Naming Conventions

The following conventions are an essential part of creating a maintainable codebase. Please adhere to them for clarity, readability, and consistency.

Classes, Interfaces, and Enumerations

Class, Interface, and Enumeration names should be nouns in UpperCamelCase (PascalCase). Avoid acronyms and abbreviations unless they are more common than the long form (URL, HTML). Try to keep these names unique within the project to avoid ambiguity. If there’s potential for confusion, prefix the name with the module or adapter name.

public class Employee {
    // ...

public interface EmployeeDatabase {
    // ...

public enum Day {
    // ...


Method names should be verbs in lowerCamelCase. Include verbs such as is, has, can, or do to make the method’s purpose clear. The name should clearly convey what the method does.

void changeEmployeeAddress(String address);

Variables and Type Parameters (Generics)

Variables (except for constants) and type parameters should be in lowerCamelCase. They should be descriptive, avoid similar names, and refrain from using non-ASCII characters or words from the local language. Also, avoid underscores unless there’s an extremely compelling reason.

int numberOfEmployees; // preferred over employeeCount
String firstName;

For loop variables, use descriptive names or traditional ones like i, j, k for nested loops.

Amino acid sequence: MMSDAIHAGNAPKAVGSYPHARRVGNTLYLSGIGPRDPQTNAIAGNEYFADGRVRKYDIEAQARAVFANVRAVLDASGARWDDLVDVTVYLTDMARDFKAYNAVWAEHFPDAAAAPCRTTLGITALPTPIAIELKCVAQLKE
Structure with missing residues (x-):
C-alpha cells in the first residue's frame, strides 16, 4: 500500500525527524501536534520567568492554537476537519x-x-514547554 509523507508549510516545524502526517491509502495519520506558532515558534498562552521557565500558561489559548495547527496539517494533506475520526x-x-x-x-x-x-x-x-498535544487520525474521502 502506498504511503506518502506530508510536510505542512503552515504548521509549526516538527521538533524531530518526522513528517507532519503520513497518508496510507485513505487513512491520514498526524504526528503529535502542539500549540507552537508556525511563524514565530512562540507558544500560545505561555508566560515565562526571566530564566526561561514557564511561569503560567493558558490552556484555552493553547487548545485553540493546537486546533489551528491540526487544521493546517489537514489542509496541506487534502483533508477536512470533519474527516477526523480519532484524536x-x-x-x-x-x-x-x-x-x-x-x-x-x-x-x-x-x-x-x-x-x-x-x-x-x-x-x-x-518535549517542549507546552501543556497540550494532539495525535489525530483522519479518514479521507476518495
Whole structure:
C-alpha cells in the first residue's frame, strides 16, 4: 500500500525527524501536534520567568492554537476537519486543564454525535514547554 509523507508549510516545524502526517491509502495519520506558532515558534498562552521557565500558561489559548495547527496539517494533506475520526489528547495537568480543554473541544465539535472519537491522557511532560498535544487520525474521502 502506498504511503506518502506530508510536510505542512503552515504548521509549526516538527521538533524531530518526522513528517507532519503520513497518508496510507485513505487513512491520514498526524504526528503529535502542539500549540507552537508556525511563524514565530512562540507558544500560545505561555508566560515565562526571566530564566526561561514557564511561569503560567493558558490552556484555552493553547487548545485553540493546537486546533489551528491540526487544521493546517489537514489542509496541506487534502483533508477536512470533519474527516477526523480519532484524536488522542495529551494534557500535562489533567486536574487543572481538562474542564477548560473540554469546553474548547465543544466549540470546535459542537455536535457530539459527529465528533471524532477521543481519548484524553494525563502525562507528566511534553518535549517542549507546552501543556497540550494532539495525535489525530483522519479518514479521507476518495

for (int i = 0; i < numberOfEmployees; i++) {
    // ...

Type parameters for generics should follow the single letter convention: ‘E’ for element, ‘T’ for type, ‘K’ for a key, ‘N’ for a number, ‘V’ for a value.

public interface Map<K, V> {
    // ...


Constants declared with both final and static should be all uppercase, with words separated by underscores. Variables declared as final or static (but not both) should be in lowerCamelCase.

static final int MAX_EMPLOYEE_COUNT = 10; // both static and final
final String dbName; // only final
static String companyName; // only static


The convention for package names necessitates the use of all lowercase letters. All of our class packages originate from the root package org.polypheny. As an example, all classes within the Polypheny-DB project are nested under the org.polypheny.db package.

package org.polypheny.db.sql;


Like class names, annotation names should also be in UpperCamelCase.

public @interface MyAnnotation {
    // ...

Deviations from these guidelines

While these naming conventions are intended as guidelines rather than strict rules, adhering to them is crucial for maintaining a consistent, understandable, and easily navigable codebase. Deviations from these guidelines should be rare and well-justified.

The fundamental objective of these guidelines is to enhance the clarity and maintainability of our code. Therefore, if strict adherence to these guidelines compromises these objectives, and deviation provides a clear benefit, it is acceptable to diverge. In such cases, the justification should be evident in the clarity and comprehensibility of the code itself.

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